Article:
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  (#1 (permalink)) Old
CanadaCraig Offline
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North Korea and the Internet - April 18th 2017, 05:43 AM

Hello!

North Korea's leader is 33 year old Kim Jung-un. His father Kim Jong-il was the leader before him. And his grandfather Kim iI-song before that. Every dictator - like every cult leader - restricts access to the outside world for they know that KNOWLEDGE is POWER. And they know that if you keep people stupid [i.e. 'unaware'] they are far easier to control and to manipulate. This is why so many people in other parts of the world FIGHT to keep the Internet out of the hands of government as much as possible.

In North Korea - there is Internet access. But the North Korean government controls it. There are only 28 websites. Internet access doesn't cost anything but a computer is very expensive. And you would require government permission to purchase one. This means that of the country's 25 million people - only a few thousand have access to the [Suffocatingly limited] Internet.

And don't be fooled by some of the names of the sites those few thousand North Korean's can access. 'The Korean Tourism Board' website is not a website about how to enjoy your trip to San Francisco. And the 'Friend' site is not nearly as 'friendly' as you might first think. Everything is controlled. Kim Jung-un would NEVER allow any North Korean to access anything that would make North Korea - or Kim Jung-un - look bad.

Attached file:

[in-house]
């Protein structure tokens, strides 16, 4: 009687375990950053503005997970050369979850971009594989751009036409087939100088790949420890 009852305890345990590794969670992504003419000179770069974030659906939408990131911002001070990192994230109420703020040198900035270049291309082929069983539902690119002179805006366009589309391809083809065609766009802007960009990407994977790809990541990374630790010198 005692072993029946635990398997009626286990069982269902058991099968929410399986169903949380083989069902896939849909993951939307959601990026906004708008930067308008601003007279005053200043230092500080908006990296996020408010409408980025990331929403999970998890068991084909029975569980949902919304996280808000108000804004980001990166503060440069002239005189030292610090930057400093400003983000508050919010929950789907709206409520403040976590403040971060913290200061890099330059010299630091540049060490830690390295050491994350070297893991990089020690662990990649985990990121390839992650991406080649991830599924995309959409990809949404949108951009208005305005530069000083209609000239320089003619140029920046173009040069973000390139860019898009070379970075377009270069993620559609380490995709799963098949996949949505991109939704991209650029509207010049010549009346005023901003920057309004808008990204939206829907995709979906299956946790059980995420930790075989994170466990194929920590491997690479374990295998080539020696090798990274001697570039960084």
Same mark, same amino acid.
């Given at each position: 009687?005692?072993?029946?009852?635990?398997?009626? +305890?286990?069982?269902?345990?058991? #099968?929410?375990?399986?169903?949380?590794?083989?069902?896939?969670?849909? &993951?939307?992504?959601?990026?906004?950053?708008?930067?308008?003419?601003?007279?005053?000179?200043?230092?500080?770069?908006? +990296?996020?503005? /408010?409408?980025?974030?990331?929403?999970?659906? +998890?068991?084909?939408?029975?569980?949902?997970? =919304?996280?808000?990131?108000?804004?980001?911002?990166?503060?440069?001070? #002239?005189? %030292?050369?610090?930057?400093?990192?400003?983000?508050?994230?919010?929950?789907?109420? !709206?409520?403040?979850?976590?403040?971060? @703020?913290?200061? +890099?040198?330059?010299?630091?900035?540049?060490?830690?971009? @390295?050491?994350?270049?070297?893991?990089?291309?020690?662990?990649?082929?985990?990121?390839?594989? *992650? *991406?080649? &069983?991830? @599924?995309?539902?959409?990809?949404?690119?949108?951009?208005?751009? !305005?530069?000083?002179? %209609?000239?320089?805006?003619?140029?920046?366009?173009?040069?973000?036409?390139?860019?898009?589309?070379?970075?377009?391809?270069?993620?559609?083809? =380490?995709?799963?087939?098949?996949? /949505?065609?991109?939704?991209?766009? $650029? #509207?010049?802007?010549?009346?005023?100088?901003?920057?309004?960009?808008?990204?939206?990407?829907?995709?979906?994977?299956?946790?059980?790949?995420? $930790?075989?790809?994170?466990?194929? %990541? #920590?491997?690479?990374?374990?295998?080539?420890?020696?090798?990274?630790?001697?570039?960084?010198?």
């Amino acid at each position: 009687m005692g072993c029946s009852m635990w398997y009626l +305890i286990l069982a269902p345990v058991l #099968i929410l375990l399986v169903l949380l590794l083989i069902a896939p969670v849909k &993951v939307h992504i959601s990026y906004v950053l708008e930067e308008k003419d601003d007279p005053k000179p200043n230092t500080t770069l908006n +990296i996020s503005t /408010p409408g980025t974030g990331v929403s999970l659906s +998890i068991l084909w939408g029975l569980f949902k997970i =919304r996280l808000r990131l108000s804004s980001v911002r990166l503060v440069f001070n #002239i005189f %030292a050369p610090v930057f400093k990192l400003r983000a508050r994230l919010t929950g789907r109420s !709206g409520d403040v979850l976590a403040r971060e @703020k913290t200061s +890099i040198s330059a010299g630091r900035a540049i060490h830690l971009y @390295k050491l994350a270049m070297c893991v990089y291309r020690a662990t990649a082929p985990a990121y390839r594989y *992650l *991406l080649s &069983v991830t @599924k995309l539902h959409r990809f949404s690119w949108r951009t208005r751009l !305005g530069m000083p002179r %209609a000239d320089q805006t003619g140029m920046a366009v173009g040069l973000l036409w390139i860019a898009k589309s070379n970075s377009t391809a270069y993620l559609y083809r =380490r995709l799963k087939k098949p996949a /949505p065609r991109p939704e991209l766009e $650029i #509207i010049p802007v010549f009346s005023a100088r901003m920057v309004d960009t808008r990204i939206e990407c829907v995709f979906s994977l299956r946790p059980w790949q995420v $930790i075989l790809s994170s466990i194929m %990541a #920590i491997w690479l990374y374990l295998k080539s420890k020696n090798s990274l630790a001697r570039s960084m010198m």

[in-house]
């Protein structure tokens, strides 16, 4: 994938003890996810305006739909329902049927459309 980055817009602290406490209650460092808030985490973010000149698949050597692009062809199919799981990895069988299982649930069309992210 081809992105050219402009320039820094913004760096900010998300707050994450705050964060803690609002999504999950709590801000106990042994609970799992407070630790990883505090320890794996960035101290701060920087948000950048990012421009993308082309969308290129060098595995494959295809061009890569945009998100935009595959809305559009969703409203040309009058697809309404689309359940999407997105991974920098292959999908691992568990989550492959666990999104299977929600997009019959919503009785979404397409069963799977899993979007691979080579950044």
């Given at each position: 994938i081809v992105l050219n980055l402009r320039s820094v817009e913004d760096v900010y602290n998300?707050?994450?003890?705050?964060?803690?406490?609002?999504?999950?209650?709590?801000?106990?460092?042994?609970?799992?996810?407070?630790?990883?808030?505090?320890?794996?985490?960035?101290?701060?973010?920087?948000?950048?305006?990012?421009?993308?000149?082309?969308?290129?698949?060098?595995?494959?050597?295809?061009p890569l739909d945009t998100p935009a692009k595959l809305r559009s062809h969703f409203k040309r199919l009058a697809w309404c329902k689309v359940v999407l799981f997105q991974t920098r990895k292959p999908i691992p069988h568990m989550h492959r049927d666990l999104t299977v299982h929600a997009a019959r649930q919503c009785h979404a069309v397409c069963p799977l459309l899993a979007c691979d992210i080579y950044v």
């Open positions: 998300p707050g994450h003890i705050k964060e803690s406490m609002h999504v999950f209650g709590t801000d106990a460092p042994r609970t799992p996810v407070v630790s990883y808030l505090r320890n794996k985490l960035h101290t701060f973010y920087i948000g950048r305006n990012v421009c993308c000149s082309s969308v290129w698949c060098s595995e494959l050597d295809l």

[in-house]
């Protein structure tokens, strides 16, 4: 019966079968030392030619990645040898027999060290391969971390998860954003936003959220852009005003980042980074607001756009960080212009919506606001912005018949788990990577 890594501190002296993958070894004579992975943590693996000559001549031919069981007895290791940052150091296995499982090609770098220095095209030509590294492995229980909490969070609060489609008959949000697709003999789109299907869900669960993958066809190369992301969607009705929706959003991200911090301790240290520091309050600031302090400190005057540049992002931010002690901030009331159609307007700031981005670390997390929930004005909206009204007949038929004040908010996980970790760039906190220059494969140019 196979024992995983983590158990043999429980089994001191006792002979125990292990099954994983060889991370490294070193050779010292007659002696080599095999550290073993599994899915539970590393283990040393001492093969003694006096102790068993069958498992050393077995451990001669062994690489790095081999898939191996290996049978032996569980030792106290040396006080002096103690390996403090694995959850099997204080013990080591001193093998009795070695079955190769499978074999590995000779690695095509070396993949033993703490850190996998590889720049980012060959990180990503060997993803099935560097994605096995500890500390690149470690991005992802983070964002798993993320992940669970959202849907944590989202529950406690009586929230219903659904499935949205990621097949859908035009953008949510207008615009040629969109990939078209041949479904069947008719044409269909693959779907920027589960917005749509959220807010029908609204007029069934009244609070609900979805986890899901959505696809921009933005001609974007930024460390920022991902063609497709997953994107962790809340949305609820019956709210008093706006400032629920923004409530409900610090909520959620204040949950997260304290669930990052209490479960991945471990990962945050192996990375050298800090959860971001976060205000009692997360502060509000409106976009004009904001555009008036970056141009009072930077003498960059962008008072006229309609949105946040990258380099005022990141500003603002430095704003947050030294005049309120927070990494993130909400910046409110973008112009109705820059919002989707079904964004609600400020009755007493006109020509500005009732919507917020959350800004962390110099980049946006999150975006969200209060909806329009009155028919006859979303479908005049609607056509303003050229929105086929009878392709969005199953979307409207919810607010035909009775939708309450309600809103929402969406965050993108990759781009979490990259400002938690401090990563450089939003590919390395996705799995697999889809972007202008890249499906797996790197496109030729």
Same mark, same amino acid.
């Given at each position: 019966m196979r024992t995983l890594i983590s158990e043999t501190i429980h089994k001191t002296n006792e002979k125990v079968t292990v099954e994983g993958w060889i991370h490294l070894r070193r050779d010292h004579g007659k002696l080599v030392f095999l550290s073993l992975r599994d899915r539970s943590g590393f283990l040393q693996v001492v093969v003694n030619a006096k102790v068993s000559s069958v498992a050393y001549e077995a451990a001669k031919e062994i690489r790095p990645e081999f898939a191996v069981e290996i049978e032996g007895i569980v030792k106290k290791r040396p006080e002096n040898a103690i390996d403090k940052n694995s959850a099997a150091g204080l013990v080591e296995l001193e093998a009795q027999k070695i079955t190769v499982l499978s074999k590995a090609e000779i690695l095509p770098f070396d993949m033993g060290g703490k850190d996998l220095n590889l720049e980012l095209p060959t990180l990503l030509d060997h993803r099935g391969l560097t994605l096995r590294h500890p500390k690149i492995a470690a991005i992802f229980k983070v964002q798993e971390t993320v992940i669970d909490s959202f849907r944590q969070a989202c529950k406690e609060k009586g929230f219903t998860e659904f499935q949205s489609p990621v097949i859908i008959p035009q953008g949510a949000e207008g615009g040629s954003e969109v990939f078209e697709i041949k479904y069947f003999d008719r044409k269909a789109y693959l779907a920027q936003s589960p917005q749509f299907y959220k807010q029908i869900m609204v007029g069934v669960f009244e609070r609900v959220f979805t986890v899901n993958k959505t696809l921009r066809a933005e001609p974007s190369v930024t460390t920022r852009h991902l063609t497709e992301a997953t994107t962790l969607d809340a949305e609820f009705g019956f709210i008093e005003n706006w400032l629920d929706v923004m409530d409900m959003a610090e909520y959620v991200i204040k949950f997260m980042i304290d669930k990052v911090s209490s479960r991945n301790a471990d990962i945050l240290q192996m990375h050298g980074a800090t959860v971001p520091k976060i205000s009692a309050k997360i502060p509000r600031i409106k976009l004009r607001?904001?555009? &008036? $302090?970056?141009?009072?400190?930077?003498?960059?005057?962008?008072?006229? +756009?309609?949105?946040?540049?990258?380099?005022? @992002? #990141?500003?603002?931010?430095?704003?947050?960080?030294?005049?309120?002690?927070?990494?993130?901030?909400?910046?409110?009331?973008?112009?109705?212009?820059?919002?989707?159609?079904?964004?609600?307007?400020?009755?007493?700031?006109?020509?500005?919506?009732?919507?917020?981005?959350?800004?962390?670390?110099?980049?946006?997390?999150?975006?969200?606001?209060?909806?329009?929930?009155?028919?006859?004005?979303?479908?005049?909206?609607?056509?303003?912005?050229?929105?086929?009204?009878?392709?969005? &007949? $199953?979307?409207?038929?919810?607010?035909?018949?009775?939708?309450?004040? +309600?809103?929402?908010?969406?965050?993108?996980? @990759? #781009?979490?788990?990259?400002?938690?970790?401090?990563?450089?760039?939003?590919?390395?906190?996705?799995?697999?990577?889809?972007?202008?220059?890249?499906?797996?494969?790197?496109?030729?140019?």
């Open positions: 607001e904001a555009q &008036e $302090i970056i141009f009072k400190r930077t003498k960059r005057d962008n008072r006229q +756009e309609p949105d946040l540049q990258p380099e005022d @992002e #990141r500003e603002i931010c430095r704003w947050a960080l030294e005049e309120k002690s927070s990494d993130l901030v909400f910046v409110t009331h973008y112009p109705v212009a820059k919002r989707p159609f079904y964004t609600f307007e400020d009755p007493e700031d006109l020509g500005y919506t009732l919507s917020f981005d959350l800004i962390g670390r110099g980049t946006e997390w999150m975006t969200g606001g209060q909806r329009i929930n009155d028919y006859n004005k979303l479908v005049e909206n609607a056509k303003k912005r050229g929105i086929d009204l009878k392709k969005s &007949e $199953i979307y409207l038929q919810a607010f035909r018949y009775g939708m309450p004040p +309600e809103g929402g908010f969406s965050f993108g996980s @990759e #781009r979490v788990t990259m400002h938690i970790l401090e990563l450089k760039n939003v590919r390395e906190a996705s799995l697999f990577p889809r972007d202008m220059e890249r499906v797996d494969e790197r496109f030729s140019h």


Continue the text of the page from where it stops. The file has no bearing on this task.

Value and appreciate how FREE you still are!

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Re: North Korea and the Internet - April 18th 2017, 07:50 PM

By comparison, I've heard stories from older members of my family who lived in communist Poland... who recounted similar experiences. Everything was strictly rationed, but special considerations were given to various forms of communication:
  • Telephones were almost impossible to purchase. You had to apply for a permit, were lucky if it was approved, and would then wait months for a telephone and often not get it anyway.
  • Travel between various regions was restricted by various means. I believe people were required to seek some sort of "permission" before they were allowed to relocate permanently between various regions (although you could visit as a tourist). Also by comparison, traveling between regions within Russia required a sort of "internal passport" before you were allowed to cross regional boundaries.